Kitties and Carriers
We always recommend that you bring your kitty to the hospital in a carrier! There are many types available from plastic top or front loading to soft sided carriers. We have cardboard carriers available for purchase here at the hospital. A carrier is important for your cat’s safety and also for ours. In the event of a sudden stop during the car ride to or from the clinic, they cannot become dangerous projectiles if they are riding in a carrier. They are also less of a distraction to the driver and won’t become entangled in the pedals. You won’t have to worry about a panicked response from your friend while walking to or from the clinic. There have been multiple times where someone has lost a cat while leaving the clinic or had to cancel the appointment because we could not get the cat out from under a car seat. There is also a chance that a kitty not in a carrier could be frightened or injured by a canine patient.
The carrier should be left out at all times at home, or at least brought out a week before the appointment. The top can be removed and used as a pet bed or a play house. Most cats are very inquisitive and like to explore, so, make the carrier fun by placing treats, catnip, or toys inside. You can also make the carrier a normal part of the environment by feeding the cat in or around the carrier, and you can help them get used to it by rubbing the cat with a towel, and then putting the towel inside the carrier to fill it with the cat’s scent. Feliway, a synthetic “happy cat” pheromone, is commercially available and may help with the cat getting used to the carrier. It comes as a spray or a plug in. The spray can be applied to a towel, and then the towel can be placed in the carrier. Just be sure to let the towel air out and dry a little before adding the cat. J
Consider taking your cat on short trips to help them get used to the car. If every time they go into the carrier and then in the car, they end up at the vet and get a shot, there is no wonder they run and hide every time they see it. Going on fun car trips works better when started as a kitten, but, if your pet is already scared of the car or carrier, it is important to take baby steps, and break the process down into stages to help them get used to it. You can start by just taking your cat, in its carrier, to the car, but not going anywhere. It can also help to put the cat in the carrier, take the carrier to the car, and then feed the cat while in the carrier in the car, so it associates both the carrier and the vehicle with good things. Going on short trips with your cat in the carrier…not just to the vet…will help your cat realize that a road trip does not always lead to a scary destination and a shot. Whenever you notice your cat becoming anxious while exposing them to something, take two steps back and start the exposures again from a point where your pet was not frightened. We never want to yell at or chase them—this undermines what we are trying to accomplish.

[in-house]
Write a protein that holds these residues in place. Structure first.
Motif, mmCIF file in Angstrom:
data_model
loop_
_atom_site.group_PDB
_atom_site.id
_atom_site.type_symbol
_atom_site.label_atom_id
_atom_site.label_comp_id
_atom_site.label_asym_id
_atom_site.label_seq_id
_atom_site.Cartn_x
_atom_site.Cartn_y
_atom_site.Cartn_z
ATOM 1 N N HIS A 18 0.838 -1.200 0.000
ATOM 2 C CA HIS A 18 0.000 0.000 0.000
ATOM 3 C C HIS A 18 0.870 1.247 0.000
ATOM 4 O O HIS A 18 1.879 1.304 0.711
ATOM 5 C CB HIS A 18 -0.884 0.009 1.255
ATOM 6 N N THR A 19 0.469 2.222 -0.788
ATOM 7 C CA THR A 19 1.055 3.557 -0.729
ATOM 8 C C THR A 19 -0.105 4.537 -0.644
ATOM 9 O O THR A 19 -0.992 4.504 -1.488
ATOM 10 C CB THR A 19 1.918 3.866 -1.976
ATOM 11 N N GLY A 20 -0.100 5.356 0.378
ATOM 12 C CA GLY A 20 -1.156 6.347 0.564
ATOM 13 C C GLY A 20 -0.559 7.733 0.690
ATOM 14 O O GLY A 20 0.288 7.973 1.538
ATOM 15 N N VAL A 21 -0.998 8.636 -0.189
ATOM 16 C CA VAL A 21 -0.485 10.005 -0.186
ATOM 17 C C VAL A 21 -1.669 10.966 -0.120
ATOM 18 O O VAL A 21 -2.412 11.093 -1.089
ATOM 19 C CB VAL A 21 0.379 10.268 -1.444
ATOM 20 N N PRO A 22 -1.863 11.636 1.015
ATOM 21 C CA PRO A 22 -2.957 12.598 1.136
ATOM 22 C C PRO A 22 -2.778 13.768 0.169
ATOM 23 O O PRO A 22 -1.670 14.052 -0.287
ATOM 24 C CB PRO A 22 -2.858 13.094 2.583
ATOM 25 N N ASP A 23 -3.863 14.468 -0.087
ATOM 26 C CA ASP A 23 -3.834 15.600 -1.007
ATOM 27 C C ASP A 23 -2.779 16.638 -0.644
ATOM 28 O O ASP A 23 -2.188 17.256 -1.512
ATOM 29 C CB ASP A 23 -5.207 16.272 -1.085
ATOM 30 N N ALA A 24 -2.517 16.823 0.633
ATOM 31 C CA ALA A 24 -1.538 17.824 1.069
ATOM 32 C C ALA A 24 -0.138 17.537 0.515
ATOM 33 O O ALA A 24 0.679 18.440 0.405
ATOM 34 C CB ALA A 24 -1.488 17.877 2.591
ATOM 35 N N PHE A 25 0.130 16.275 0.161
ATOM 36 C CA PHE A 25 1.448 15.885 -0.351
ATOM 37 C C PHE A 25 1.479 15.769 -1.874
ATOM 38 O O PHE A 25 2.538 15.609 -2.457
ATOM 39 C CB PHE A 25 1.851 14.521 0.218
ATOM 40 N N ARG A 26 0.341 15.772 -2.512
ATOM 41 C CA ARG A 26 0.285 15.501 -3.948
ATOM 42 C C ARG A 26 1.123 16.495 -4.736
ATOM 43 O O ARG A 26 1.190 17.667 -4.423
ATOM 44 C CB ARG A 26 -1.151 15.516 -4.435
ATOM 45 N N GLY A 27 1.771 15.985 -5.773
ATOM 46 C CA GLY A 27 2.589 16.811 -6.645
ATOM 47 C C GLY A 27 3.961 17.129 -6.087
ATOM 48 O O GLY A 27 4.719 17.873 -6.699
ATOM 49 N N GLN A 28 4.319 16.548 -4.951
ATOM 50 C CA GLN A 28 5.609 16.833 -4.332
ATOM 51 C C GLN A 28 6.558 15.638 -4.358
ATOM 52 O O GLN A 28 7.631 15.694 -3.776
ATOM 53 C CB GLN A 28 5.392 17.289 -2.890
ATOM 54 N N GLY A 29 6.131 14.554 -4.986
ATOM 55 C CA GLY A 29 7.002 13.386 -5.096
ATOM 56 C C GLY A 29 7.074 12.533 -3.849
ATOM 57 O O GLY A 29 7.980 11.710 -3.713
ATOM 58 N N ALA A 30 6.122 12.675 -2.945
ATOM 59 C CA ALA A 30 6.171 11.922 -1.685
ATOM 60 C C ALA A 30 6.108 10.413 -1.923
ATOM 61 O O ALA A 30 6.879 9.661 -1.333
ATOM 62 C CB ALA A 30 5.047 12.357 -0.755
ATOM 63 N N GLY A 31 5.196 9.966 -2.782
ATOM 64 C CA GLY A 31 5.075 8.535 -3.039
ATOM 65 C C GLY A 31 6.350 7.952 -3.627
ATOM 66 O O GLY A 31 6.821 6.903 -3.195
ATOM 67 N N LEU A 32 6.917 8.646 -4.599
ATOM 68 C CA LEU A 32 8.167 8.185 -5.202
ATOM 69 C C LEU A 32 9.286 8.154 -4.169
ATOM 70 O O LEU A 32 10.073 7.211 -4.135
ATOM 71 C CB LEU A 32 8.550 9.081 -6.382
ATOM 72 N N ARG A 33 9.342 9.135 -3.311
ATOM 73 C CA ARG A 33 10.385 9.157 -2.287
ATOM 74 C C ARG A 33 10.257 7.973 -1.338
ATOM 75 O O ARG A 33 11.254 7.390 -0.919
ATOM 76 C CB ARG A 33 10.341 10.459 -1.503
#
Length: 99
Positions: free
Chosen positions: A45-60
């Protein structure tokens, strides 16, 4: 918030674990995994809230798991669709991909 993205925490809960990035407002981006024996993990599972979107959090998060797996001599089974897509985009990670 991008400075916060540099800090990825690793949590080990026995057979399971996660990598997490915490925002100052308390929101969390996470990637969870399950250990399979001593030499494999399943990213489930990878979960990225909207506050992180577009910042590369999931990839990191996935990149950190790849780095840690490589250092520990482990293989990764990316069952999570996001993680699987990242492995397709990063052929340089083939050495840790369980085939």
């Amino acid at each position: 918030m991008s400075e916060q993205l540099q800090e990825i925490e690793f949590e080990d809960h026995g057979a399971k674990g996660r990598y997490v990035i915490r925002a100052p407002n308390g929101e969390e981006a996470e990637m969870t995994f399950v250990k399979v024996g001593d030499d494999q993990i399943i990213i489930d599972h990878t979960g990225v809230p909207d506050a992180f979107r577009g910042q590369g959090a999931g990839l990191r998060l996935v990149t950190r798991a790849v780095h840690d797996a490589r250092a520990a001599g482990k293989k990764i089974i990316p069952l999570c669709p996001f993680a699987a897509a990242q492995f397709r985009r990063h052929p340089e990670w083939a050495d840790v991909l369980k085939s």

When choosing a carrier there are some features to consider. The top half should be easily. removable. This enables the doctor to examine your cat inside the bottom half, without having to “shake the kitty” out of the main door and onto the exam table. Having doors on the top and the side also makes loading and unloading the kitty easier. Top-loading cat carriers are especially useful for larger cats. The carrier should be well-ventilated but should have more solid sides which reduces frightening visual stimulus while the cat travels. You can also cover the top and sides to provide a safe, dim interior. Lastly, the carrier should be waterproof since some frightened kitties can have an accident during travel.
If you have any questions about helping your cat acclimate to its carrier, don’t hesitate to call the Hospital at 824-4108.